There is an English for the Hard of Hearing subtitle track present, which follows the dialogue reasonably closely, giving appropriate audio cues, but does miss or paraphrase some of the dialogue. You will still get the gist, but these are not the most accurate subtitles I have ever seen.
This series comes on two RSDL discs, with five episodes per disc. I was unable to locate the layer change on either disc, so I assume that they are sensibly placed between episodes.
The overall audio quality of this disc is very good, if a little unremarkable. I could spot no significant defects at all, bar an almost imperceptible hiccup in the music track at 13:26 and 13:29 during Episode 8.
The audio track is in English Dolby Digital 2.0 encoded at a slight 192 kbps.
Dialogue was always crystal clear and audio synch was fine.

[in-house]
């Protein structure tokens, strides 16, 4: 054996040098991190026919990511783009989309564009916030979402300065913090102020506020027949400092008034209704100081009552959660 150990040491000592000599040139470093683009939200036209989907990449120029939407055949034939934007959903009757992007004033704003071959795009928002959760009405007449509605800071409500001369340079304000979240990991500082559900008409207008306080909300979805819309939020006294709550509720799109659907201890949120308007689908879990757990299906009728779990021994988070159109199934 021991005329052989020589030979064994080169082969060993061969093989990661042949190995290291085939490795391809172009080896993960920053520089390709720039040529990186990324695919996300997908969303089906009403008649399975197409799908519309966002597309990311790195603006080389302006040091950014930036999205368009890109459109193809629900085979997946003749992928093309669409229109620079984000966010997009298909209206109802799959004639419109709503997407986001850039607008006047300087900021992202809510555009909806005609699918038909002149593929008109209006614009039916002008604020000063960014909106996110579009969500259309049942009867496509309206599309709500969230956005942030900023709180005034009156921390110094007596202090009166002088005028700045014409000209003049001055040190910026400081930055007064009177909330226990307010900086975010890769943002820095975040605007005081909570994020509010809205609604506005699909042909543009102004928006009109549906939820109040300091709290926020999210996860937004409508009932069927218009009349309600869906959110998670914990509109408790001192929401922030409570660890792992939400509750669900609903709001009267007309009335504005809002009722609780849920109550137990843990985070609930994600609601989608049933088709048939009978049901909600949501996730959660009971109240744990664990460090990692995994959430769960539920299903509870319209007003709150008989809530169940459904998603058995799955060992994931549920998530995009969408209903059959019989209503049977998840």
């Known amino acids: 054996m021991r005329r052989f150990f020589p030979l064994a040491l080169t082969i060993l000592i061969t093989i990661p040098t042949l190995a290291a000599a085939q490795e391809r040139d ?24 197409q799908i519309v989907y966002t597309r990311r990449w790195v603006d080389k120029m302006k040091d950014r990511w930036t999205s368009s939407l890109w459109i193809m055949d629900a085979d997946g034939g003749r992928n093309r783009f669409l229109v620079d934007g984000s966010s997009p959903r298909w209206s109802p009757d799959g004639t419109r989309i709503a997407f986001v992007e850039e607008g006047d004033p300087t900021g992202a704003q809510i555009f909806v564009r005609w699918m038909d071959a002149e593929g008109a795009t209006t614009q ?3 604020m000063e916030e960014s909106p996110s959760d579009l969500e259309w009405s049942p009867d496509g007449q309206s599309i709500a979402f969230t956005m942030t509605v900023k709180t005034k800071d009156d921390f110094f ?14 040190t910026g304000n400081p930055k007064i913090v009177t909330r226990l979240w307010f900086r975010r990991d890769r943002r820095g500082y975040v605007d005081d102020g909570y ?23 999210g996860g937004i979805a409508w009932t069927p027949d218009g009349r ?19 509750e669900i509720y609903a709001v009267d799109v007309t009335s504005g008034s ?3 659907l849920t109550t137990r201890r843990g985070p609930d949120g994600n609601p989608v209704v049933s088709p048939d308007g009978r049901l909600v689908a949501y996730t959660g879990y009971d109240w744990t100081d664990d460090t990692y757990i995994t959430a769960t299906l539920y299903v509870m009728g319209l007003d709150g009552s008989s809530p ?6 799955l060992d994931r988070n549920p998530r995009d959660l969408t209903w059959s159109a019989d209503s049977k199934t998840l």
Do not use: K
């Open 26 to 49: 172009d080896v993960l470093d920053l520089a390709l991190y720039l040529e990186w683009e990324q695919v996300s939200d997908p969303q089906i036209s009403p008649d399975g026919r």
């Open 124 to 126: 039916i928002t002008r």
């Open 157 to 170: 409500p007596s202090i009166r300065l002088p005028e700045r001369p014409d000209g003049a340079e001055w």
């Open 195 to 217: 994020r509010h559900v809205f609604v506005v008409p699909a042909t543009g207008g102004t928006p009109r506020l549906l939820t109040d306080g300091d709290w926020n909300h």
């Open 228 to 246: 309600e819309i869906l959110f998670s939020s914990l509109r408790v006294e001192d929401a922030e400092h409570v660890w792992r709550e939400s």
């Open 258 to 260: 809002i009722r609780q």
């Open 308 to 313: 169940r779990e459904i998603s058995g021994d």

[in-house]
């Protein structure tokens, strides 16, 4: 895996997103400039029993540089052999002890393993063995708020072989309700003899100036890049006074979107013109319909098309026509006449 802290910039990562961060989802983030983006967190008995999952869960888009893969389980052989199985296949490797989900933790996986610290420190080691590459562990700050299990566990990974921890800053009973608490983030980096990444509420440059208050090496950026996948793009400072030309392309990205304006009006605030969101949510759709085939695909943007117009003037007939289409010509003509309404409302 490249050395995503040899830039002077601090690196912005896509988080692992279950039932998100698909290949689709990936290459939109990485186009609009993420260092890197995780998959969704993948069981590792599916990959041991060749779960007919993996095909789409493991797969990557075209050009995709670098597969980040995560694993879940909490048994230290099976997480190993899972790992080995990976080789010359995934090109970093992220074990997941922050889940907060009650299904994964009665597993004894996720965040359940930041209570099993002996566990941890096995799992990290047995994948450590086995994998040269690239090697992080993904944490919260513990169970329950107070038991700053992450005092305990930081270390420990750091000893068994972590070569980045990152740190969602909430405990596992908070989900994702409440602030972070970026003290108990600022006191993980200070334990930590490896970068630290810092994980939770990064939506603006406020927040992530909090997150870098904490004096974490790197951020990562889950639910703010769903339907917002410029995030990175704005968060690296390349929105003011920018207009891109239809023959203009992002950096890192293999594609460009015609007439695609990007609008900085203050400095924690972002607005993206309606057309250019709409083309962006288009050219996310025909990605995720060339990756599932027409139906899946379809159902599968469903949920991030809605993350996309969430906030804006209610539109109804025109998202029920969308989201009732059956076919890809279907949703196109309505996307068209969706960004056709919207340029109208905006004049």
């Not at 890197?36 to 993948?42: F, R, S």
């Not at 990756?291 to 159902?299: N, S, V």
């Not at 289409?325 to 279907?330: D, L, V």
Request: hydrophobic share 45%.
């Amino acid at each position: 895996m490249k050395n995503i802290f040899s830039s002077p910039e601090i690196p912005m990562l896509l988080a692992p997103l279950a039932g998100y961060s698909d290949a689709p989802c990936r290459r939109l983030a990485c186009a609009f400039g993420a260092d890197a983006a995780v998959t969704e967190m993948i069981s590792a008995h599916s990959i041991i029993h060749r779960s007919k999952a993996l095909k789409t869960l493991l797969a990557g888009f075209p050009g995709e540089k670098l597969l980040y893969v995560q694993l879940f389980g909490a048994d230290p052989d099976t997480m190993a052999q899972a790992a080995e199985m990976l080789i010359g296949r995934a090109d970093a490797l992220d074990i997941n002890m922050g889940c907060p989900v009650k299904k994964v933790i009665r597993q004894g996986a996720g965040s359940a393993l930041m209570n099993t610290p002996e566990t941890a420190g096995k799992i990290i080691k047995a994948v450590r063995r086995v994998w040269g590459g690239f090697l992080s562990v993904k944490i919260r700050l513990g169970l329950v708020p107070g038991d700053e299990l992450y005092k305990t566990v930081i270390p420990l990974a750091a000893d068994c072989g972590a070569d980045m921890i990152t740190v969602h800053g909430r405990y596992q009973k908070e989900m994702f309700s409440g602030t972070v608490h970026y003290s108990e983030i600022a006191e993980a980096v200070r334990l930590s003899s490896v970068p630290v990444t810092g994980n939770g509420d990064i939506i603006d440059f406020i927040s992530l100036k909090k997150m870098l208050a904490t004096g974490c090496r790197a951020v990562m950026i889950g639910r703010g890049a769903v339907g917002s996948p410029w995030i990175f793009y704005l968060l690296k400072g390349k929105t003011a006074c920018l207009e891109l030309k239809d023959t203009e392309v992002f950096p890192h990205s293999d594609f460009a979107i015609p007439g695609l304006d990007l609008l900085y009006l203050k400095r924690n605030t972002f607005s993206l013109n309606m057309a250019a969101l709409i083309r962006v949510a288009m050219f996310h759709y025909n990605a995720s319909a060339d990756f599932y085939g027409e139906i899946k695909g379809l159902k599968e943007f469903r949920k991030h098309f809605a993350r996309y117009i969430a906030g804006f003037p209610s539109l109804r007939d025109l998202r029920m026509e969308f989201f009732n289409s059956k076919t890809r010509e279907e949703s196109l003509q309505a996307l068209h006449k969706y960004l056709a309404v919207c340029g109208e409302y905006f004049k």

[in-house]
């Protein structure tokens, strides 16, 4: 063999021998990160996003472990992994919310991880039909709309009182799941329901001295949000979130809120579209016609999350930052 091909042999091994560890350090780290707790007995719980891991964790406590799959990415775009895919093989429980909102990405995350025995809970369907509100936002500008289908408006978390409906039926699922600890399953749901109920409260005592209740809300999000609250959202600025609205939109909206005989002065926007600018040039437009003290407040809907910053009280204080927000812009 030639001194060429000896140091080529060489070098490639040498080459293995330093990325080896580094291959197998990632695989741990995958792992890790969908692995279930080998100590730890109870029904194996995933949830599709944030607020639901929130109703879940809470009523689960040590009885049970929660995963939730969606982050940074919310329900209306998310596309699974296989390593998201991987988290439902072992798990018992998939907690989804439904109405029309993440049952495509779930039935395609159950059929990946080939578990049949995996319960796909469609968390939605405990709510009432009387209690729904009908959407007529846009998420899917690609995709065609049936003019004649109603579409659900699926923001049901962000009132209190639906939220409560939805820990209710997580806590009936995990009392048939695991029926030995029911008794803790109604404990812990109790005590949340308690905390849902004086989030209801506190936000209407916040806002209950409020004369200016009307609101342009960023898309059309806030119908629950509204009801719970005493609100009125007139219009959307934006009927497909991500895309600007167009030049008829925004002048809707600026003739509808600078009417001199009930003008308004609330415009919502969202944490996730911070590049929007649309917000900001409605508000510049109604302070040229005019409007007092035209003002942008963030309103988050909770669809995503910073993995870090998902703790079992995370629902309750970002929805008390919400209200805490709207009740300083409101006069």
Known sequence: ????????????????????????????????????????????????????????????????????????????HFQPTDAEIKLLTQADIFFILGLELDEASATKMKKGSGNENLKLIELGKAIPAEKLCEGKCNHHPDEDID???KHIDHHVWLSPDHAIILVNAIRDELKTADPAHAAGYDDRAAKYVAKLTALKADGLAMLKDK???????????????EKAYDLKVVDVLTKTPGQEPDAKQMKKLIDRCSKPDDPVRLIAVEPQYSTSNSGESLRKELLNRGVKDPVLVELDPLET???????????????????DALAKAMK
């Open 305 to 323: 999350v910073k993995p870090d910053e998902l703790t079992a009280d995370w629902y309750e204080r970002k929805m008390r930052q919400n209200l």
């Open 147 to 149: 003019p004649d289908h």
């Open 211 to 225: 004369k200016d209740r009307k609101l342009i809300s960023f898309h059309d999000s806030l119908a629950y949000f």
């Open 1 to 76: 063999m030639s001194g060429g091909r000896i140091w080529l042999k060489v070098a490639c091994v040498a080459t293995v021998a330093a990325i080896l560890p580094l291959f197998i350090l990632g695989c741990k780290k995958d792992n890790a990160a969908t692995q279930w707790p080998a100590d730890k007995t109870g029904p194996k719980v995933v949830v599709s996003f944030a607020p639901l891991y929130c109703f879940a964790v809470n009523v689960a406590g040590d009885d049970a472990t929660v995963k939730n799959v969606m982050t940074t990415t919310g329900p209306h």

The music is provided courtesy of a great range of pop-songs, quite well rendered by Liza Tarbuck although, as mentioned earlier, she is by not up to professional singing standard. All of the songs are toe-tappers, and I must admit that for me, despite Linda's vocal limitations, the songs are a highlight of each episode.
The soundstage is quite satisfactory, particularly with Pro Logic enabled. The surrounds see limited use, as the series is largely dialogue driven, with the exception of Linda's stage performances when the surrounds support the music track (with a slight delay introduced - presumably deliberately to mimic the sound quality found in a social club). Occasional ambient effects can be heard from the surrounds too, although nothing particularly noteworthy.